-- The American People's Money (1895). -- The Cipher in the Plays, and on the Tombstone (1899). A further defense of his "Bacon is Shakespeare" theory.

-+- "Caesar's Column" -+-

Donnelly's book, Caesar's Column (1890), is one of the former congressman's attempts to exposit his ideas through a work of fiction. Walter B. Rideout, in his introduction to the 1960 reprinting of Donnelly's book, compares it to Aldous Huxley's Brave New World and George Orwell's 1984. From the artistic standpoint, Donnelly's book does not equal either Huxley's or Orwell's later masterpieces. Yet there are times in Donnelly's book where he shows surprising (for a former congressman) artistic talent. The book is uneven, yet succeeds in hitting home intermittently. For example, Donnelly, writing circa 1890:

== Our courts, judges and juries are the merest tools of the rich. The image of justice has slipped the bandage from one eye, and now uses her scales to weigh the bribes she receives. An ordinary citizen has no more prospect of fair treatment in our courts, contending with a millionaire, than a new-born infant would have of life in the den of a wolf.

== ...the very assertions, constantly dinned in our ears by the hireling newspapers, that we are the freest people on earth, serve only to make our slavery more bitter and unbearable.

== ["Rudolph" enters a great hall, inside the home of an ultra-wealthy citizen] ...this is where they meet. This is the real center of government of the American continent; all the rest is sham and form. The men who meet here determine the condition of all the hundreds of millions... Here political parties, courts, juries, governors, legislatures, congresses, presidents are made and unmade... The decrees formulated here are echoed by a hundred thousand newspapers, and many thousands of orators; and they are enforced by an uncountable army of soldiers, servants, tools, spies, and even assassins. He who stands in the way of the men who assemble here perishes.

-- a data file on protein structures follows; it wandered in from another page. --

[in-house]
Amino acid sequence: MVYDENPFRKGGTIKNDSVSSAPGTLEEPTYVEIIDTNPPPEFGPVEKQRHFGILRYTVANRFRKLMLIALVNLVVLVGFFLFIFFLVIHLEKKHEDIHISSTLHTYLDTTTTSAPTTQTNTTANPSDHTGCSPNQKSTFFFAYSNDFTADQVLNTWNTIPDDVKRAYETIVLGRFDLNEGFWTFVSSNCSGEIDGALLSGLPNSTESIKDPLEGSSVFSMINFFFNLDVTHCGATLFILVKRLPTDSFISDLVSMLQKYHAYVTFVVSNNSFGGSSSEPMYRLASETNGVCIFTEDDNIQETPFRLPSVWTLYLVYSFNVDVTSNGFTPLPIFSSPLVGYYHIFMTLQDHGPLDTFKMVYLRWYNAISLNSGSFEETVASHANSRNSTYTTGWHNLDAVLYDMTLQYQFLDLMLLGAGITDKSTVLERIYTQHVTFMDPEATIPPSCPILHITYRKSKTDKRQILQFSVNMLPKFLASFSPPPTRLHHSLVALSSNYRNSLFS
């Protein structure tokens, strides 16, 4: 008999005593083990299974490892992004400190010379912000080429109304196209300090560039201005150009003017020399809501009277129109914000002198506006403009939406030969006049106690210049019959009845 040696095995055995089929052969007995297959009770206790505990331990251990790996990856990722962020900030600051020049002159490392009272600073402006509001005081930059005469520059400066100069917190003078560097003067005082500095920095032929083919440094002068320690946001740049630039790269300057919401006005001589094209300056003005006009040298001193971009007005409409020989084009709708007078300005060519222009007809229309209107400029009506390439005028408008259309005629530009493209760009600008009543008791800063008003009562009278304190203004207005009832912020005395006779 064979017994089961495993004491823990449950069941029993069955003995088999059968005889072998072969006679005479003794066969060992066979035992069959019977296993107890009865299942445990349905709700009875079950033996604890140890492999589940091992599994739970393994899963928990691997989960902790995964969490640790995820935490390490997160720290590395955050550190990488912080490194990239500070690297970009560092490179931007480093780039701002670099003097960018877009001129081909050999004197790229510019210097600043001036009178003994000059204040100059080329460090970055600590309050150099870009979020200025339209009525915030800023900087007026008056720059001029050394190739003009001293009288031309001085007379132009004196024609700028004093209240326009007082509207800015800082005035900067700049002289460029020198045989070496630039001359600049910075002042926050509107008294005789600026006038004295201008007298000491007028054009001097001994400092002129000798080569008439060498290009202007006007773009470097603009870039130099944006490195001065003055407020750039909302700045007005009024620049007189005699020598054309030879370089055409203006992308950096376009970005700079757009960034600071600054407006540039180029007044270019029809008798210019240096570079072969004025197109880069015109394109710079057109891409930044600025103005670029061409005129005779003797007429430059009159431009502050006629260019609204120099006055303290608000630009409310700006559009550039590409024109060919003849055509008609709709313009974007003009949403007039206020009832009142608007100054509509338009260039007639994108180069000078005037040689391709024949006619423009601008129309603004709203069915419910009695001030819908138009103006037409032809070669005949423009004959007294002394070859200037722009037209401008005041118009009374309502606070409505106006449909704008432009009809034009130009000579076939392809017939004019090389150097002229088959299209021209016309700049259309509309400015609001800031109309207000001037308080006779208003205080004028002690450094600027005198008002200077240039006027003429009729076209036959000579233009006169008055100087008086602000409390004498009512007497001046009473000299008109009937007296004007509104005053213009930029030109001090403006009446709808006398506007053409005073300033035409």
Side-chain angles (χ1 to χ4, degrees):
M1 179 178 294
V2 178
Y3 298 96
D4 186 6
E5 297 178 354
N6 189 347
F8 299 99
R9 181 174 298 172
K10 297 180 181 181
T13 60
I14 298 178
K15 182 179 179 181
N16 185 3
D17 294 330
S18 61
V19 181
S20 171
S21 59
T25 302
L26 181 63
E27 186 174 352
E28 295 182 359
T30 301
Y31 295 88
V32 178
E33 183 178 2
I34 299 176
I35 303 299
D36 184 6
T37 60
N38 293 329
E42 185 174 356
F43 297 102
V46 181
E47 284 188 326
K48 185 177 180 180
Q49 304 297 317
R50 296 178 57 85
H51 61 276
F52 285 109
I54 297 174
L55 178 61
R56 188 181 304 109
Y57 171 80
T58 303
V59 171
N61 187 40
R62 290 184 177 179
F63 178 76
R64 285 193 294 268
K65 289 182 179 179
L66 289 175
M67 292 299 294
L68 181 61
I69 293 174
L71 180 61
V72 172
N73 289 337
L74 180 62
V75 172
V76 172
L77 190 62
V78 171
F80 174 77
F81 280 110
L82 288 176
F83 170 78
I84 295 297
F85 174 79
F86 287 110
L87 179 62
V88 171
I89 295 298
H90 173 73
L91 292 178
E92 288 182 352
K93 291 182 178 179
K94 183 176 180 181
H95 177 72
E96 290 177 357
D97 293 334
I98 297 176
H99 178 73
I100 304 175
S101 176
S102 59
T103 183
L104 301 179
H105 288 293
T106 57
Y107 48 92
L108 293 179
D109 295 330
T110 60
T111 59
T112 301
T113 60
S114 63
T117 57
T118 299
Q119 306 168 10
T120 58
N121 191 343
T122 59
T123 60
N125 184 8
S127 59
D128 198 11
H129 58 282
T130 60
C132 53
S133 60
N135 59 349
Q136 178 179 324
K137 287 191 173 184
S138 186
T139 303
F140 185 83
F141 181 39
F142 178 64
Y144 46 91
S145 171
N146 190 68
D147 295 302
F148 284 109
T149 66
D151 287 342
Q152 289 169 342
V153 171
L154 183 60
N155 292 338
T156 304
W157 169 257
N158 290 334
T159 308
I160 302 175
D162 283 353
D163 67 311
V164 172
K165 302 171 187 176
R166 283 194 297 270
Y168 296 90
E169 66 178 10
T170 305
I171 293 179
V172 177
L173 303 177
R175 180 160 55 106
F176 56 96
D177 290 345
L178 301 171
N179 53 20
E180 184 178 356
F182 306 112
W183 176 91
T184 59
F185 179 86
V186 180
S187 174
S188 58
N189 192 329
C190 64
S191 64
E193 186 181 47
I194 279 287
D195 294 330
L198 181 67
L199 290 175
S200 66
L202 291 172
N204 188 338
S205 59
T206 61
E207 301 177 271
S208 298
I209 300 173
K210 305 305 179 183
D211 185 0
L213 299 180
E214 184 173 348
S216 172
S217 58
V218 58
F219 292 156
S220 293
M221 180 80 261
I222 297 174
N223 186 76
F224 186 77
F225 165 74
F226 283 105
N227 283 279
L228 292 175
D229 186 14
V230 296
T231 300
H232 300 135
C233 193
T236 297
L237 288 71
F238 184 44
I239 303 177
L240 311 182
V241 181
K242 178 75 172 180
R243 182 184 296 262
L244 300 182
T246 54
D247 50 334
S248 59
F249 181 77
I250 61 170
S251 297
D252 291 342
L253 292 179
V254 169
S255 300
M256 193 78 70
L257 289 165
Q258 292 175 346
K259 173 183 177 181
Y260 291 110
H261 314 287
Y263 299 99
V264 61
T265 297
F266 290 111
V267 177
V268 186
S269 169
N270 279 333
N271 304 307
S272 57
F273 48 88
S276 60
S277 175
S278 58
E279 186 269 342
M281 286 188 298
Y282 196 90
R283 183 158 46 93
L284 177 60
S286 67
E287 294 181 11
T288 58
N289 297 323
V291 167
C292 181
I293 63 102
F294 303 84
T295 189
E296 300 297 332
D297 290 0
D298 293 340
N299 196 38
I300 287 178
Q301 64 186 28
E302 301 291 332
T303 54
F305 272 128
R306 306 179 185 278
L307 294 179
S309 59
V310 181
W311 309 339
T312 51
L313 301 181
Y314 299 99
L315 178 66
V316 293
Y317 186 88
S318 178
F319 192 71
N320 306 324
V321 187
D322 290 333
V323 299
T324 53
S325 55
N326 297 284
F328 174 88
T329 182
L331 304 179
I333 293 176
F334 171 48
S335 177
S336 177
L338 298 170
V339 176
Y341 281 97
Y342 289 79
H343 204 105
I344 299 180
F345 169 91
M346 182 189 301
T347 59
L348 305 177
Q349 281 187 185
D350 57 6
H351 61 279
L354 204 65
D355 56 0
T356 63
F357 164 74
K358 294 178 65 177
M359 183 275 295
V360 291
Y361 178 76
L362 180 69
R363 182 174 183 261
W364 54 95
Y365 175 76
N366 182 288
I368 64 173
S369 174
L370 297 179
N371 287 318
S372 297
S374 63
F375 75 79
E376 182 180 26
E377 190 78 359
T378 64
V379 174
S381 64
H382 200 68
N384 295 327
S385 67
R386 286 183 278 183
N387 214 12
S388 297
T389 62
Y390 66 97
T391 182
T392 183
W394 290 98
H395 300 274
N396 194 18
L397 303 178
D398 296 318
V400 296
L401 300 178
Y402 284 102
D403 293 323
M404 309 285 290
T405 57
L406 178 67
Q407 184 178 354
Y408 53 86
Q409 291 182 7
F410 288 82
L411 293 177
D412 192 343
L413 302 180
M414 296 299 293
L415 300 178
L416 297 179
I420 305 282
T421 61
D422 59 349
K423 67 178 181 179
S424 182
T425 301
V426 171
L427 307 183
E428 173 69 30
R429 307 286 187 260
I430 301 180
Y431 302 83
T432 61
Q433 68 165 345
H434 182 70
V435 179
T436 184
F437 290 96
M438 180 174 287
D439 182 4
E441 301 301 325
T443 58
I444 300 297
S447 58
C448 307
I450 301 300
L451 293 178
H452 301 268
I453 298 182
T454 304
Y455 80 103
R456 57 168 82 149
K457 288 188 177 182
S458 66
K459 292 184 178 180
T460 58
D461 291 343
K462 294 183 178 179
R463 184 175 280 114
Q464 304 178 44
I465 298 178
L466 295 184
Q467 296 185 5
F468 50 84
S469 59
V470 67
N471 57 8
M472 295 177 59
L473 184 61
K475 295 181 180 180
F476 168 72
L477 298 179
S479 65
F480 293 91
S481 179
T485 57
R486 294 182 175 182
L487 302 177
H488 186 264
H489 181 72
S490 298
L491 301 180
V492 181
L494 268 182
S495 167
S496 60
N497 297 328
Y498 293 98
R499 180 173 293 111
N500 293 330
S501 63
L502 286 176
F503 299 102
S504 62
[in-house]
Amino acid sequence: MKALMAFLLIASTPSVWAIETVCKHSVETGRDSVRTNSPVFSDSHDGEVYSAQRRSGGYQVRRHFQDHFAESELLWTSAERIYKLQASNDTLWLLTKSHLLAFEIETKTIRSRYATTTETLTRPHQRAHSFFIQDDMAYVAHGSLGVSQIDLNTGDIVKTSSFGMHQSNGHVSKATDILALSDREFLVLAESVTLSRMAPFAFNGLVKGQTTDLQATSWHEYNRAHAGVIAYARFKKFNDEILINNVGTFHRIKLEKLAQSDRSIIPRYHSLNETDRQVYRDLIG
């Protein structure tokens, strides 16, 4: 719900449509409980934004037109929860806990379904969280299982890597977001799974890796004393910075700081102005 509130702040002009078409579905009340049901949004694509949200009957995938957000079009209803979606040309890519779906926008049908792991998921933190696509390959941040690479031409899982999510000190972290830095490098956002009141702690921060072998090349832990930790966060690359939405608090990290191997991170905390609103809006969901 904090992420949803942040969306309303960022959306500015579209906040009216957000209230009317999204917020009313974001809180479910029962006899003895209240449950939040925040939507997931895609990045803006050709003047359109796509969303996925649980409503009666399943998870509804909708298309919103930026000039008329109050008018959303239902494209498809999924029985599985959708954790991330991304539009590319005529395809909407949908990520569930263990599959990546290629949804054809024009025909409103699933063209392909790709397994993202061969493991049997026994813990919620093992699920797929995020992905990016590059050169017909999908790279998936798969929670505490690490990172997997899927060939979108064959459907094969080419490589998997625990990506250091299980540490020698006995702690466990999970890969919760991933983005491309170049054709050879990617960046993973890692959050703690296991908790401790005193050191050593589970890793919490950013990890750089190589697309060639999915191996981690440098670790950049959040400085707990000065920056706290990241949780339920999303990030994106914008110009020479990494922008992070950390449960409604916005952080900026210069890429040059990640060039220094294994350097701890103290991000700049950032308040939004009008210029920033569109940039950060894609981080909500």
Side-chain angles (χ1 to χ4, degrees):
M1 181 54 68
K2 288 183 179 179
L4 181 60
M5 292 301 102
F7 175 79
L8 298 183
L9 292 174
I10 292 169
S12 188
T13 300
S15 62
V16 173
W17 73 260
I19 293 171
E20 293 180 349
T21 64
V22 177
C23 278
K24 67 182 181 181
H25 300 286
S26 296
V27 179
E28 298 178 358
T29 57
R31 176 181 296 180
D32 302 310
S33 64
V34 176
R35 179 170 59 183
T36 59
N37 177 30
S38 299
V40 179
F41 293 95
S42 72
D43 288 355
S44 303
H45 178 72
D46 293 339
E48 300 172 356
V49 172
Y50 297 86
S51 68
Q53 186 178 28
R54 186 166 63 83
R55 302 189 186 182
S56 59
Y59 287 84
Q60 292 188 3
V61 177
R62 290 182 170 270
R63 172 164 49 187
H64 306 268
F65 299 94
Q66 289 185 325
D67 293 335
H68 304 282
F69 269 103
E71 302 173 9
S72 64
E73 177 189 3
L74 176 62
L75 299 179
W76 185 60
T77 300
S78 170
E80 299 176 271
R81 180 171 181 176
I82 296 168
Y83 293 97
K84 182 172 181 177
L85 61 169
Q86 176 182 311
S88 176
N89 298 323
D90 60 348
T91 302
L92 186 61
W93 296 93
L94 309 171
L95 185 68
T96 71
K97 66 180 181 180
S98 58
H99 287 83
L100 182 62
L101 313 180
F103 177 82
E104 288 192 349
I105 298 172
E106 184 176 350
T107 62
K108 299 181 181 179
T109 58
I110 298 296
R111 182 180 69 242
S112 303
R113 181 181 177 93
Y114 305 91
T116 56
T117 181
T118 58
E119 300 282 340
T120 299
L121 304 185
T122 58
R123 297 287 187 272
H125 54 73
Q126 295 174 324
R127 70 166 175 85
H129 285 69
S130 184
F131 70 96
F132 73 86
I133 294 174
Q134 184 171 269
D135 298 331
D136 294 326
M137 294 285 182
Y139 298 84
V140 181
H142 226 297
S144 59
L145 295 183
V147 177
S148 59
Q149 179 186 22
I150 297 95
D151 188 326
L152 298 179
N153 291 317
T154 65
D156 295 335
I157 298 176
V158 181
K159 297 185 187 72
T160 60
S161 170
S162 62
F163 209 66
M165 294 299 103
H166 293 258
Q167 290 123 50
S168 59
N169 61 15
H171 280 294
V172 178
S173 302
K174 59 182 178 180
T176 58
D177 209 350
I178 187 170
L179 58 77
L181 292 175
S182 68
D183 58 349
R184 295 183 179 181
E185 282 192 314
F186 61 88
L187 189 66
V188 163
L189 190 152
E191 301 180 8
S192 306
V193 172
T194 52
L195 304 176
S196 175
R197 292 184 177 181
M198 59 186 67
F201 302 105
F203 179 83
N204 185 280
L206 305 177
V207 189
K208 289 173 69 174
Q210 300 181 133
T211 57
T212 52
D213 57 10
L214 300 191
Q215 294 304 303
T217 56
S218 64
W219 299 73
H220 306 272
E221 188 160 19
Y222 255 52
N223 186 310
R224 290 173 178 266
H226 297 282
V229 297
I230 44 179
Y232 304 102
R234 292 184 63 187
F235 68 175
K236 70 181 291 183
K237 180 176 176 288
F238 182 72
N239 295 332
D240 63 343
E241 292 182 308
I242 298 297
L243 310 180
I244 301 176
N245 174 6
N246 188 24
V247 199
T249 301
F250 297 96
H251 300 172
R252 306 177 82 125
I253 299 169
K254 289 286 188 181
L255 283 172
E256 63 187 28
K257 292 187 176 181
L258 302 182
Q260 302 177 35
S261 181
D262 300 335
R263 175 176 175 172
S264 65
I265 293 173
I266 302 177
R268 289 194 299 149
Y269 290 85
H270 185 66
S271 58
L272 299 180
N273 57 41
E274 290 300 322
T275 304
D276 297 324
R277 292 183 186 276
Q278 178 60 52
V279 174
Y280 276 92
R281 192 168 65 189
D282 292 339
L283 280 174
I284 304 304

Donnelly also has an interesting theory on why it became important that American children receive a public education: so that they will be able to read the newspapers, the propaganda sheets of the ruling elite. (Note also how, with the advent of radio and television, the public schools' role of ensuring that all of us can read the newspapers became less important.) Writes Donnelly, circa 1890:

== The rich men owned the newspapers and the newspapers owned their readers... If [the public] had not been able to read and write they would have talked with one another upon public affairs, and have formed some correct ideas; their education simply facilitated their mental subjugation...

Enjoyable in Donnelly's book, Caesar's Column, is its intrinsic innocence. The former congressman, writing in a less harried age, tries to imagine the awful future, how it will be in 1988. (Rideout, in his introduction, points out how Donnelly's time-frame, 1988, is quite close to Orwell's: 1984.) Yet Donnelly's horse-and-buggy world cannot come close to foreseeing how bad things were to become during the 20th century. Even Donnelly's villains honor such things as oral contracts. The flavor of Caesar's Column is Neapolitan; even the villains have a touch of vanilla.

---------------------------<< Notes >>--------------------------- [1] From the Introduction, by Wallace R. Rideout, to the 1960 re-issue of Donnelly's book, Caesar's Column. Cambridge, Mass: Belknap Press of Harvard University Press, 1960. [2] Ibid.
[3] Ibid.